‘I wasn’t leaving you, Mary, the way you were.’ I didn’t know what to say. One doesn’t expect an adult colleague to behave in this kind of way.

I wonder what Mitchison felt about all that herself. Not so much the parts about love & relationships, as that’s clear: she and her lifelong husband agreed on an open relationship indeed.

What’s more puzzling are Mitchison’s true feelings about the parental aspects of this novel, as in it mothers leave their children with their peer group after a year. Mitchison gave birth to 7 children, and raised five of them to adulthood.

I did not know about this before I read the book however, and rereading the parts in which an alien ‘child’ of the protagonist dies, gain an eerie vibe because of it – Mitchison wrote Memoirs Of A Spacewoman at 63, about 20 years after her daughter died shortly after birth, and 30 years after she lost a 10-year-old son.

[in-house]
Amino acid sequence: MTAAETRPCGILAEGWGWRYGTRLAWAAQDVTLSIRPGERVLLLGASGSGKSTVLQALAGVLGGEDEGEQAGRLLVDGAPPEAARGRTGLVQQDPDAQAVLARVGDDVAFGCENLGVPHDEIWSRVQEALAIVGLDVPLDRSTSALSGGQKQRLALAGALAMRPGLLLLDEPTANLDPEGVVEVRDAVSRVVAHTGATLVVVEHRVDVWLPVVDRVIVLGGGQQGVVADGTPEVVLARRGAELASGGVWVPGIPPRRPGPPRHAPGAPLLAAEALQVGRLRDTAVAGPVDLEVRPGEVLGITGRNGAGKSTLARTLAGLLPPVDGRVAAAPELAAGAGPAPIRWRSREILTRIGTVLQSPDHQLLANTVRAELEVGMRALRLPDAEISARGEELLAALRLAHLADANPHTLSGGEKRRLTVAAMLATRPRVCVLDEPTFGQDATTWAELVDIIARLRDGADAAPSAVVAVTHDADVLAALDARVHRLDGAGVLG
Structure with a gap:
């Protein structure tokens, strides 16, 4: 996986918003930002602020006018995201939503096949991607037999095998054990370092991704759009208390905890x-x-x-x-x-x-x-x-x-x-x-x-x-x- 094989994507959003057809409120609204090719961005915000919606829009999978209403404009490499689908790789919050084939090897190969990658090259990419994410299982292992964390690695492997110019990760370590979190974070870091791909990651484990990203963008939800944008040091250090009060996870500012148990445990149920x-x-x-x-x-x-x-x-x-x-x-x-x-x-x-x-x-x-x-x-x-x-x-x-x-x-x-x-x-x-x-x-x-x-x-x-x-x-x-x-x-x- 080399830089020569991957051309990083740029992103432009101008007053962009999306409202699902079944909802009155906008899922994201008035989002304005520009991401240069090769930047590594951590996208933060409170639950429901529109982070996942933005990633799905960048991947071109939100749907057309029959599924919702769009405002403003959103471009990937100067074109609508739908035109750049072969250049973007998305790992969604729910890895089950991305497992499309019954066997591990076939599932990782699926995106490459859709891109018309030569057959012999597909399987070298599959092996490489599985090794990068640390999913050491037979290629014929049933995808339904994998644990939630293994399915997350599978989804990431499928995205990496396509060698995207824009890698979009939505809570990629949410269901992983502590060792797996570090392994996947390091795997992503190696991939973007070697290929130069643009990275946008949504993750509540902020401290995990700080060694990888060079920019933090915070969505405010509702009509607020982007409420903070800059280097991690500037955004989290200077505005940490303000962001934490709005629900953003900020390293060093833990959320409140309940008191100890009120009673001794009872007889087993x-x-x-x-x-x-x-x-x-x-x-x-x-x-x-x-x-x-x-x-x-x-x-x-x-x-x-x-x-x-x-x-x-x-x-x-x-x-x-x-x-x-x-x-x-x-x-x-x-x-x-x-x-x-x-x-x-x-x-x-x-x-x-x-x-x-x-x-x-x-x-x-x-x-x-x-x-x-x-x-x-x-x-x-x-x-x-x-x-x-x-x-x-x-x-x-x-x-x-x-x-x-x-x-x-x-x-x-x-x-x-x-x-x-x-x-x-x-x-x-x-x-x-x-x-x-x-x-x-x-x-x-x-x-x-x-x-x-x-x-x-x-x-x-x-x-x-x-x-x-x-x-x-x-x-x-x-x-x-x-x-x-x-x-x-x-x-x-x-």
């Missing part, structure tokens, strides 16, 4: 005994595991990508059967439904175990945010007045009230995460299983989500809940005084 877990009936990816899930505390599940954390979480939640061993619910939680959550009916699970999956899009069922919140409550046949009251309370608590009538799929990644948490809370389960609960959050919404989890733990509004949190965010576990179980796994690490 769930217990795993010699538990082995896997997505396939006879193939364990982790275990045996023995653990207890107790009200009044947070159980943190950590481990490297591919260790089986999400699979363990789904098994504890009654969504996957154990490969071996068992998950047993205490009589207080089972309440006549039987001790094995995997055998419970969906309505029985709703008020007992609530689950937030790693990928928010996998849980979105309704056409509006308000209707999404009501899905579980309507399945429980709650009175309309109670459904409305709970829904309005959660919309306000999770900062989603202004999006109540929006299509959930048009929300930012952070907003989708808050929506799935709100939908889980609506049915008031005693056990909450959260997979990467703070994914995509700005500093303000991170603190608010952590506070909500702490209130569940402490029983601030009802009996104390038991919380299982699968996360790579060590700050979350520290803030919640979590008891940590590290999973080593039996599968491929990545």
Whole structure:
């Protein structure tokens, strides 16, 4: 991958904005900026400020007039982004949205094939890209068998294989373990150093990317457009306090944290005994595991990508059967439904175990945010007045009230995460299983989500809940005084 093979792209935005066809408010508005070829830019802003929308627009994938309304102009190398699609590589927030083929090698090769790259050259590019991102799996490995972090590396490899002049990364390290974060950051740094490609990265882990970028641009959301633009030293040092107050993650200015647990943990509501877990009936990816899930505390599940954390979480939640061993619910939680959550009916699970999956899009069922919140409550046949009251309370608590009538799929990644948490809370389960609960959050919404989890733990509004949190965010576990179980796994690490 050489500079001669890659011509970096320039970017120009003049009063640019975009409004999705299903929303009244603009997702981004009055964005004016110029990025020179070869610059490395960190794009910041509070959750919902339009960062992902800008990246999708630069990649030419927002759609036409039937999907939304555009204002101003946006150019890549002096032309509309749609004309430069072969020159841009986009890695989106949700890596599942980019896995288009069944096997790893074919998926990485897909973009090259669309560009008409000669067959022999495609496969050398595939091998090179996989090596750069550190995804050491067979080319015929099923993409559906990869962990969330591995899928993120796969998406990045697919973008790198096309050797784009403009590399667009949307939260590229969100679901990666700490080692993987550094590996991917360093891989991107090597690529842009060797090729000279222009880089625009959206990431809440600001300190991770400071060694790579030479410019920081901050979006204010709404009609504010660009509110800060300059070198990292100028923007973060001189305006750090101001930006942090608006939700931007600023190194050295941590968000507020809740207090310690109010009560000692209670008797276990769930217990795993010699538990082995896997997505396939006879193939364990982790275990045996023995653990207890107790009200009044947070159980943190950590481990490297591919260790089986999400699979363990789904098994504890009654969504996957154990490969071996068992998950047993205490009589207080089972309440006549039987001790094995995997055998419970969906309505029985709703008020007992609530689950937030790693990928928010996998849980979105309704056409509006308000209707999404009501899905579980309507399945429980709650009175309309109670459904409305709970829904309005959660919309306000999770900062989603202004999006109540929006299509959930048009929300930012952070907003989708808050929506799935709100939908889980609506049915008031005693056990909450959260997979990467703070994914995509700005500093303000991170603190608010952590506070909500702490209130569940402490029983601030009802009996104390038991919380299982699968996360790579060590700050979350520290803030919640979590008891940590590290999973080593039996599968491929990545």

There is emotion, and numbness, and yet at the same time, “I myself was completely unchanged. I had almost hoped I would not be. That was the measure of my grief.”

The opening lines of the book explicitly talk about thoughts of her living children and the two alien ones she lost, and the rest of the opening chapter is dotted with conflicting meditations about parenthood – there is both the perspective of motherhood – a loving, biological urge – as that of sympathy with youngsters wanting to break free from authority.

Some other reviewers tend to highlight the “complex moral problems” this book presents, as Mitchison herself has her protagonist proclaim in the first chapter. I have to rain on that parade, I’m afraid.

The main ethical conundrum of this book is the question whether an alien race, resembling butterflies, is justified in killing some of their caterpillars, as according to these butterflies, some of the caterpillars engage in behavior that the butterflies feel is harming their chances of transforming into healthy butterflies. This causality is not proven however. Mitchison doesn’t leave it to the imagination of the reader, and spells things out clearly: